This Old Homicide: A Fixer Upper Mystery Book Excerpt - Chapter 1
I wanted her new home to be spiffed up, as she put it, in record time.
“Looking on the bright side,” she said with a cheerful grin, “at least there won’t be any dead bodies in the basement. I checked.”
I swallowed uneasily. “That’s good to know.” A few months ago, I had come across that very thing. A man had been murdered in the basement of a home I’d been refurbishing. I was the one who had discovered the body, and our new chief of police had not been amused. For a short while, my name was at the top of his suspect list, until the killer decided to focus on me. I never wanted to go through anything like that again.
“I’d better be getting back to the tea shop,” Emily said with reluctance, her simple dark ponytail swaying as she turned to walk to her car. “I really appreciate your coming out here to take a look with me.”
“I’m glad I did. I can’t wait to get started.” But as I opened the car door, I took one more look at the old Rawley Mansion and shivered.
I had a sinking feeling that raccoons would be the least of her problems.
Two weeks later, I arose early, threw on old jeans, a sweatshirt and tennies, and left the house to meet my dad for breakfast. I’d made it as far as the sidewalk before I woke up enough to realize that Lighthouse Cove was enveloped in a gray fog so thick I couldn’t see the house across the street. It was mid-January on the Northern California coast and I should’ve expected fog at the very least. I counted myself lucky that it wasn’t pouring rain. I jogged back inside to grab my quilted vest for an extra layer of warmth, pulled a warm knit cap over my unruly red hair, and set out again for the Cozy Cove Diner.
Anytime Dad and my uncle Pete were in town, they met for breakfast at the Cove to chitchat with friends and neighbors and catch up on town business. Meaning gossip, of course. My dad and uncle, like everyone else in our small town, thrived on gossip. And wouldn’t you know it? I always got the juiciest tidbits from those two men.
I rubbed my arms briskly to chase away the cold as I walked to the town square. Dad and Uncle Pete had just come home from a weeklong shing trip at the Klamath River. They’d returned last night, dirty, exhausted, and happy to be back. Dad had parked his Winnebago in my driveway and dropped off six large, beautiful Chinook salmon for my freezer. It looked as though we’d be eating fish for the next few months. I wasn’t complaining.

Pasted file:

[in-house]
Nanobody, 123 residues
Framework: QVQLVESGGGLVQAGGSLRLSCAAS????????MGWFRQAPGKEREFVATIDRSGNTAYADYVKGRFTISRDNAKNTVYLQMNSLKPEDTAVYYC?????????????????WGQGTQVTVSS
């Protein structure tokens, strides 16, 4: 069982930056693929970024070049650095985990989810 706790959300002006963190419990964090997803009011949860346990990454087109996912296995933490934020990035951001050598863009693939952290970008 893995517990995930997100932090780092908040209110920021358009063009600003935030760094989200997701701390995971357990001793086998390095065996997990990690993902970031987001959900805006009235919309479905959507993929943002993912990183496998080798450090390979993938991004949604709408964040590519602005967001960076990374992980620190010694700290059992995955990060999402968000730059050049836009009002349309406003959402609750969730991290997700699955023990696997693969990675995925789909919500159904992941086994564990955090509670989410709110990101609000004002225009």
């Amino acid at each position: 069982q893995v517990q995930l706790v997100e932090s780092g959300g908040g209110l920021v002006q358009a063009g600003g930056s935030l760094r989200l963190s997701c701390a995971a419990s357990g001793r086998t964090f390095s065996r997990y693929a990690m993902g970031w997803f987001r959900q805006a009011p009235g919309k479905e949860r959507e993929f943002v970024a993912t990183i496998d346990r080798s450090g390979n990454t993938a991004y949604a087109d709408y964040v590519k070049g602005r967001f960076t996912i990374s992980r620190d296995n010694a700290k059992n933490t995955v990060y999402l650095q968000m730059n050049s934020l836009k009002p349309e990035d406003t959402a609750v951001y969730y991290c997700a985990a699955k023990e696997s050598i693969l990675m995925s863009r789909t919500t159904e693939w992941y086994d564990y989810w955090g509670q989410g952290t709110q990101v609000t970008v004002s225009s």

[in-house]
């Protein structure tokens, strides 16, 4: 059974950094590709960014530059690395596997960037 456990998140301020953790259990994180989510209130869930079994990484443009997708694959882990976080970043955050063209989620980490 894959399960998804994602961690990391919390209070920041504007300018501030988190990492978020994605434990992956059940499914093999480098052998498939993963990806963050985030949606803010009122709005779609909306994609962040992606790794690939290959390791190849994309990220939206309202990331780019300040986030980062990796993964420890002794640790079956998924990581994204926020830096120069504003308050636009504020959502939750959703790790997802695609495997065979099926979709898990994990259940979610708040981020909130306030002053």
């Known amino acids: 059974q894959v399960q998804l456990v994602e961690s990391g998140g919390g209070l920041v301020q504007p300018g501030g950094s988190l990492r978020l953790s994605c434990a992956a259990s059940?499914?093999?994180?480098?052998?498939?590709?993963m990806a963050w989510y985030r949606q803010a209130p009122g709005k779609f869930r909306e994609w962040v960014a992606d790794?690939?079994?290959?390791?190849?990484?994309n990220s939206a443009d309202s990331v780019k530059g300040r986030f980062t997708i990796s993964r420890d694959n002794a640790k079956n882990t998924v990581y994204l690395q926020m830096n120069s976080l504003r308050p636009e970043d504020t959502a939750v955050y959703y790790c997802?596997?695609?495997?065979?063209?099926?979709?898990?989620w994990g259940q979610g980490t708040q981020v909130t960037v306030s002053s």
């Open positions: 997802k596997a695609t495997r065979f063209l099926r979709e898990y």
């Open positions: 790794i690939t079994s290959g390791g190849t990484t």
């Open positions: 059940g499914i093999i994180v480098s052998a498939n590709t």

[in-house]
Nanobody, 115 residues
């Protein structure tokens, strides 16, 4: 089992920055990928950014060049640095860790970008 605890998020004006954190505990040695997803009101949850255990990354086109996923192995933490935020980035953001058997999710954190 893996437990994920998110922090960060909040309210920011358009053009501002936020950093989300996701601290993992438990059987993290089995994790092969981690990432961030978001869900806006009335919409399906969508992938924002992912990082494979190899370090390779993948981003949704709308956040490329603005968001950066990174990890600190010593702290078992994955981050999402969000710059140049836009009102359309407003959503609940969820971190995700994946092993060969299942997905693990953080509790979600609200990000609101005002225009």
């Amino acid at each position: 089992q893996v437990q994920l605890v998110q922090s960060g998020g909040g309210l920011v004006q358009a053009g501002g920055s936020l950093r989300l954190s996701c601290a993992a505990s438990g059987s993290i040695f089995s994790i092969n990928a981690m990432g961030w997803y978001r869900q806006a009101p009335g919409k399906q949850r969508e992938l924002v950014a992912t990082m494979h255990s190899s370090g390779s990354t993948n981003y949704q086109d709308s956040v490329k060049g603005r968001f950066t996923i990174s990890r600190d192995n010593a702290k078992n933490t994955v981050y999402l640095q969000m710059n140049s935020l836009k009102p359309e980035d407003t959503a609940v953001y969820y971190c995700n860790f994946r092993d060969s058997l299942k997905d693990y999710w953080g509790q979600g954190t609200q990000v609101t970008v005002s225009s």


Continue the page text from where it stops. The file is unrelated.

While the two men sat at my dining room table enjoying a beer after their long drive, I had lled them in on the most current scuttlebutt around town: Emily’s purchase of the old Rawley Mansion; the latest round of in infighting among the town’s Festival Committee members; MacKintyre Sullivan’s new book landing on the bestseller list. I promised to make homemade pizza for them sometime over the weekend since they’d called from the road to say they’d built up a powerful craving for pizza.
Odd cravings could happen when you hung out with a bunch of fishermen all week. Pizza was fairly normal, compared to some hankerings Dad had come up with in the past. The pizza request reminded me of some of his funny old sayings, or truisms, as he called them. One of his favorites went like this: building a house is like building a pizza. It took skill and artistry, the right tools, and strong wrists to pound nails into wood—or throw dough up in the air.
It wasn’t the smoothest of axioms, especially the part about artistry, but it worked for him.
The thing was, not only had Dad signed this house and his business over to me after he suffered that mild heart attack five years ago, he had also turned over to me his longtime ritual of making homemade pizza. Once the task was safely passed on to the next generation, namely me, he was lavish in his praise of my culinary abilities. Oh, I knew I made a good pizza, but he liked to lay it on thick because he never wanted to have to make one for himself again.